Hundreds of holders have voluntarily enrolled in the Delaware Secretary of State’s (SOS) Unclaimed Property Voluntary Disclosure Agreement (VDA) program since its implementation in 2012, with many of the VDAs closing within the past six months. Now the focus for the holders that have completed the process has turned to compliance. One of the conditions contained in the Delaware Form VDA-2 (i.e., the closing agreement) is that the holder commit to file three successive annual unclaimed property reports in accordance with Delaware’s Abandoned Property Law. Failure to file the required reports results in the issuance of a “warning letter” from the SOS notifying the holder of its failure. If the holder fails to meet the requirements after receiving the warning letter, the state in its “sole discretion” is permitted to void the waiver of interest and penalties and the release from audit, which were the primary VDA program benefits.
New Requirement to Send Copy of Annual Report to the SOS
On January 21, 2016, holders that successfully completed a VDA and their counsel may have received an email from the SOS’s unclaimed property administrator, titled “Post SOS VDA Compliance,” reminding holders that they have an obligation to file an annual unclaimed property report with the Department of Finance in accordance with the VDA-2. These unclaimed property reports must be filed by the standard March 1 deadline in order to stay in compliance with the VDA. Significantly, the email also instructs holders to send a copy of the filed reports directly to the SOS via email to SOS.VDA@state.de.us.
Holders who have executed a VDA-2 should note this requirement, which the email suggests is mandatory for holders pursuant to the terms of the VDA-2. However, copying reports to the SOS is a new and separate requirement for VDA participants, at least based on the current iteration of the VDA-2 document, and holders may not be aware of this apparent additional condition to a successful completion of the VDA program. It is possible that by failing to send a copy of a report to the SOS, a holder could be considered out of compliance with its VDA-2 agreement. On a prospective basis, holders may wish to expressly address this dual-agency filing obligation with the VDA administrator when negotiating the final VDA-2.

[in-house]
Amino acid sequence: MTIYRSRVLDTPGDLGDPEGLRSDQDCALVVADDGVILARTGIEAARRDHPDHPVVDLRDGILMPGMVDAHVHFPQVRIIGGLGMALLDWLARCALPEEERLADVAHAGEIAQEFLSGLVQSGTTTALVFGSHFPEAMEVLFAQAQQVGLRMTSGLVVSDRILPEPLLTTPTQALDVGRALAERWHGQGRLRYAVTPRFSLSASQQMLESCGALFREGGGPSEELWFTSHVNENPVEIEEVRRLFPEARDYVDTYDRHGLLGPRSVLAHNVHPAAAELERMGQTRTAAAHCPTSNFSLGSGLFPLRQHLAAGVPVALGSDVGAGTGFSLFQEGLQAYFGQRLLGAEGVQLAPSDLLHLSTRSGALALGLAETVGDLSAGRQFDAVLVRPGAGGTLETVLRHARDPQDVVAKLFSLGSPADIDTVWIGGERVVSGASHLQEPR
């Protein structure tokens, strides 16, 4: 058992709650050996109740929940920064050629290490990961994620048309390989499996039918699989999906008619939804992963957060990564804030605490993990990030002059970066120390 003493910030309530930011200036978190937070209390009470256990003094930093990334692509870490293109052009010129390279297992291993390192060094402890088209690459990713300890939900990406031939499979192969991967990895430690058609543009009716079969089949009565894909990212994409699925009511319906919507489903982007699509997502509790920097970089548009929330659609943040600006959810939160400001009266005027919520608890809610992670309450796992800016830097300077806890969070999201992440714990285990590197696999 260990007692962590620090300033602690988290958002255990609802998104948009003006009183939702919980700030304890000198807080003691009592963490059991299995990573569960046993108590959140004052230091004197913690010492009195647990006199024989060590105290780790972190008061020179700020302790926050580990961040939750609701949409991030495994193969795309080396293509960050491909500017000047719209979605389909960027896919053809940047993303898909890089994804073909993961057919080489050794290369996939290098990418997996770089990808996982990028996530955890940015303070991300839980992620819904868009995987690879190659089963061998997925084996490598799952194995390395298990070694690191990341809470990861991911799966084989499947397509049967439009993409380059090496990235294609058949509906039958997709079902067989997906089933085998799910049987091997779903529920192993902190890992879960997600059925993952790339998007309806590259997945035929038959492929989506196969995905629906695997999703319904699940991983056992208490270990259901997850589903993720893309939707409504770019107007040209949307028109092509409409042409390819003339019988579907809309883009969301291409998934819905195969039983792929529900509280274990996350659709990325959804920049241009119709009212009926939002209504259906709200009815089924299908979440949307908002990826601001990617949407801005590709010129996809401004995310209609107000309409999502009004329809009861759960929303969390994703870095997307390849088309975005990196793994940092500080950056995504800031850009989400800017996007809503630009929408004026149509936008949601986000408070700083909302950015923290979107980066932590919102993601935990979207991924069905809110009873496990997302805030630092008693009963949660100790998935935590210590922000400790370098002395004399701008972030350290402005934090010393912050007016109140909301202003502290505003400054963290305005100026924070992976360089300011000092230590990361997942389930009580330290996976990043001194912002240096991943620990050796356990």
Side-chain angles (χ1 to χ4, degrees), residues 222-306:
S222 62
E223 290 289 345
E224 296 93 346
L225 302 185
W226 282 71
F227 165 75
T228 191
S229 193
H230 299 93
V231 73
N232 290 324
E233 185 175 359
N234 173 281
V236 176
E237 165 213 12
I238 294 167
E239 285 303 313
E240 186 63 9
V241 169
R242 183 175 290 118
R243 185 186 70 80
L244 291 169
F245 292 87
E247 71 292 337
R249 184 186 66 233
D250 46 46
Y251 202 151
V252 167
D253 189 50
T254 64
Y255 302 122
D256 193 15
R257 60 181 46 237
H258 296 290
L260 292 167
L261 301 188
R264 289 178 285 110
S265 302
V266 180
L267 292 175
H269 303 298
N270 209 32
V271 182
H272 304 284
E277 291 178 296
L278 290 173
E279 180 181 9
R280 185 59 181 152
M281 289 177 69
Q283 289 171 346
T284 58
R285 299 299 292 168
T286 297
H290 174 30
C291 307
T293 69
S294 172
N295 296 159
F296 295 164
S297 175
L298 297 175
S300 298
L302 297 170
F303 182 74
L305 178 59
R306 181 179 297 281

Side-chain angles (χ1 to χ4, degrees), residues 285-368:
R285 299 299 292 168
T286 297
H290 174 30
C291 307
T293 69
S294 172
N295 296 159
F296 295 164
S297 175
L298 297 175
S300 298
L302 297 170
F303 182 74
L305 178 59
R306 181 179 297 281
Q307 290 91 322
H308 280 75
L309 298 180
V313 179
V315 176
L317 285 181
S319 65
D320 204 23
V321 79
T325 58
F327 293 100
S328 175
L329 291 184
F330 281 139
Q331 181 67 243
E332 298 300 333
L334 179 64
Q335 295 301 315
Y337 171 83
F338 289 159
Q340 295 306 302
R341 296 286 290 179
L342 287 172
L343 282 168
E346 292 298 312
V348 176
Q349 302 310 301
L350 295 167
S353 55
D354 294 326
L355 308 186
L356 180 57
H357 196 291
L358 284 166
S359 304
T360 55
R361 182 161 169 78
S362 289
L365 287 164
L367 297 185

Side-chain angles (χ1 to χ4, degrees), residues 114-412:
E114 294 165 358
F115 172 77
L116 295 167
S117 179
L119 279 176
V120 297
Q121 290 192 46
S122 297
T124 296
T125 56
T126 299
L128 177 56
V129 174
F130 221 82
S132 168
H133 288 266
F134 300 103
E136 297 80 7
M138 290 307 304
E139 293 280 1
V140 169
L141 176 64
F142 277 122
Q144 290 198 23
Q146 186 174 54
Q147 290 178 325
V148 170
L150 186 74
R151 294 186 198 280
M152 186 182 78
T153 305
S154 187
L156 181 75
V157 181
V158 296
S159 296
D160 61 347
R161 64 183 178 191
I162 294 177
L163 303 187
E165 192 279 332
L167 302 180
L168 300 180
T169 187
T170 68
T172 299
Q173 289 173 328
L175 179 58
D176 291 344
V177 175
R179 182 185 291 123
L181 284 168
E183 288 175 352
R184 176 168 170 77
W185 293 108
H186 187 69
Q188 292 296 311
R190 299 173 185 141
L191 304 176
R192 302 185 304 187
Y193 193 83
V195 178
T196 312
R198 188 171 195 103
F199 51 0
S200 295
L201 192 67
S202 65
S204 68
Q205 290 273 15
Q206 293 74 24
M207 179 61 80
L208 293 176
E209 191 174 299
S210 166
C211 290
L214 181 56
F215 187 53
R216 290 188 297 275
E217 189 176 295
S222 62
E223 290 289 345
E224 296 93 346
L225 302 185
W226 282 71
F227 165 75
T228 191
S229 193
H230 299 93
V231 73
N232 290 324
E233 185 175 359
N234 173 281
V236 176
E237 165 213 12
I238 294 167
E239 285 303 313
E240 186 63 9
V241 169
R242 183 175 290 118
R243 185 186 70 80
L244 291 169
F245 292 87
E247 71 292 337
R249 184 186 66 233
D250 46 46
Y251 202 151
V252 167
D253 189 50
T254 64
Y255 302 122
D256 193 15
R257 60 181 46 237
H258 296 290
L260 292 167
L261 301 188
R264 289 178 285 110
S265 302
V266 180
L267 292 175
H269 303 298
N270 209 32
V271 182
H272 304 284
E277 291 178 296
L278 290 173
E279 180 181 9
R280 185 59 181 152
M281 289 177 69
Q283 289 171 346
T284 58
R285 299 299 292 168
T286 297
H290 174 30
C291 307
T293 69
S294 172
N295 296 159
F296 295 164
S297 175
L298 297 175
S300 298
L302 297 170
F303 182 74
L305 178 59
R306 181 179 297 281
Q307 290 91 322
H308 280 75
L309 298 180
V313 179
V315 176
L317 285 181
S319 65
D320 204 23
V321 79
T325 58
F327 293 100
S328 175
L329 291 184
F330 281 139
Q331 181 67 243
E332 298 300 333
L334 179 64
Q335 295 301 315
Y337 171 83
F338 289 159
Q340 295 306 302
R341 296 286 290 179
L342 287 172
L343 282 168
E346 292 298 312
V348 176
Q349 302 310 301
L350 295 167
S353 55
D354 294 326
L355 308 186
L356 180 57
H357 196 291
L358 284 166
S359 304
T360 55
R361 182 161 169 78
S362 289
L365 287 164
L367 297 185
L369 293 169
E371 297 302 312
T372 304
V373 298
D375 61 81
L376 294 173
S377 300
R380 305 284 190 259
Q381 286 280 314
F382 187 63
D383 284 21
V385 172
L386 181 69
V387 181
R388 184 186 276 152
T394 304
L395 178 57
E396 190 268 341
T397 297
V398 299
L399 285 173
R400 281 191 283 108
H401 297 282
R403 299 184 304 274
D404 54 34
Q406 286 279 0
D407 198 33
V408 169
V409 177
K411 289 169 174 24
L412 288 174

Suggested Best Practices for Complying with the Three-Year Reporting Requirement
In addition, holders that have completed a VDA may not have any property to report to Delaware in 2016 or in the future because the holder does not have any property owed to an owner with a Delaware address, or in the case of a Delaware-domiciled holder, to an owner with a foreign address or an unknown owner. Holders other than financial institutions are not required to file negative reports to Delaware if they do not hold reportable property. Nonetheless, to avoid any questions or scrutiny from Delaware about why a holder has not filed an unclaimed property report pursuant to the terms of the VDA-2, we recommend that holders file a negative report with the state even if they have no reportable property. In addition to ensuring that holders meet the conditions set forth in the VDA-2, filing such a negative report should have the effect of running the statute of limitations for the 2016 report year. If a holder files a negative report, we would also recommend that the holder list every conceivable property type on the report and designate each as “zero liability”—to address any assertion by the state that the statute of limitations applies on a property-type-by-property-type basis—and include a notation that the holder has no property owed to an owner with a Delaware address, an owner with a foreign address or an unknown owner.
 Delaware Escheat Handbook January 2015; see Del. Code Ann. tit. 12 § 1171.
This advisory is published by Alston & Bird LLP’s Unclaimed Property practice area to provide a summary of significant developments to our clients and friends. It is intended to be informational and does not constitute legal advice regarding any specific situation. This material may also be considered attorney advertising under court rules of certain jurisdictions.